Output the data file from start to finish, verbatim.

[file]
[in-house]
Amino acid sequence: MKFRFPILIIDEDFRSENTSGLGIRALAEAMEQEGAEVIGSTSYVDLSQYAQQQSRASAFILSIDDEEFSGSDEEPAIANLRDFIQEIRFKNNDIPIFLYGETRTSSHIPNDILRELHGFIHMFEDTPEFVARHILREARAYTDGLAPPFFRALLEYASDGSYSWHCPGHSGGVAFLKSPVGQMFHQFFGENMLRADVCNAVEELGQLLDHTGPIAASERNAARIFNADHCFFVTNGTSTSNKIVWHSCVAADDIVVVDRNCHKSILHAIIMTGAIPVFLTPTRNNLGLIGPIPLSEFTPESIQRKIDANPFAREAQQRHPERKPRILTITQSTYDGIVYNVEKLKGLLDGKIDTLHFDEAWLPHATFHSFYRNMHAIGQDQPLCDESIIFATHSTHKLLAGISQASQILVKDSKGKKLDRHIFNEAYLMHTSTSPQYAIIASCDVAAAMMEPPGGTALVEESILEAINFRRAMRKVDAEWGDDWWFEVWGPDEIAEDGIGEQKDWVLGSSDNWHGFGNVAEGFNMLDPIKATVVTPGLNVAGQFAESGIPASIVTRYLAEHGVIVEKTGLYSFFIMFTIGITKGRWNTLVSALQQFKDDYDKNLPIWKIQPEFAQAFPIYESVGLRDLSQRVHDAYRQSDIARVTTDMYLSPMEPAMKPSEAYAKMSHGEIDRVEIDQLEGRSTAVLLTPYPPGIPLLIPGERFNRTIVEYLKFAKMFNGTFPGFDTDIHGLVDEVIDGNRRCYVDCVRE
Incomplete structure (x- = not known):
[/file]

[in-house]
Amino acid sequence: MKFRFPILIIDEDFRSENTSGLGIRALAEAMEQEGAEVIGSTSYVDLSQYAQQQSRASAFILSIDDEEFSGSDEEPAIANLRDFIQEIRFKNNDIPIFLYGETRTSSHIPNDILRELHGFIHMFEDTPEFVARHILREARAYTDGLAPPFFRALLEYASDGSYSWHCPGHSGGVAFLKSPVGQMFHQFFGENMLRADVCNAVEELGQLLDHTGPIAASERNAARIFNADHCFFVTNGTSTSNKIVWHSCVAADDIVVVDRNCHKSILHAIIMTGAIPVFLTPTRNNLGLIGPIPLSEFTPESIQRKIDANPFAREAQQRHPERKPRILTITQSTYDGIVYNVEKLKGLLDGKIDTLHFDEAWLPHATFHSFYRNMHAIGQDQPLCDESIIFATHSTHKLLAGISQASQILVKDSKGKKLDRHIFNEAYLMHTSTSPQYAIIASCDVAAAMMEPPGGTALVEESILEAINFRRAMRKVDAEWGDDWWFEVWGPDEIAEDGIGEQKDWVLGSSDNWHGFGNVAEGFNMLDPIKATVVTPGLNVAGQFAESGIPASIVTRYLAEHGVIVEKTGLYSFFIMFTIGITKGRWNTLVSALQQFKDDYDKNLPIWKIQPEFAQAFPIYESVGLRDLSQRVHDAYRQSDIARVTTDMYLSPMEPAMKPSEAYAKMSHGEIDRVEIDQLEGRSTAVLLTPYPPGIPLLIPGERFNRTIVEYLKFAKMFNGTFPGFDTDIHGLVDEVIDGNRRCYVDCVRE
Incomplete structure (x- = not known):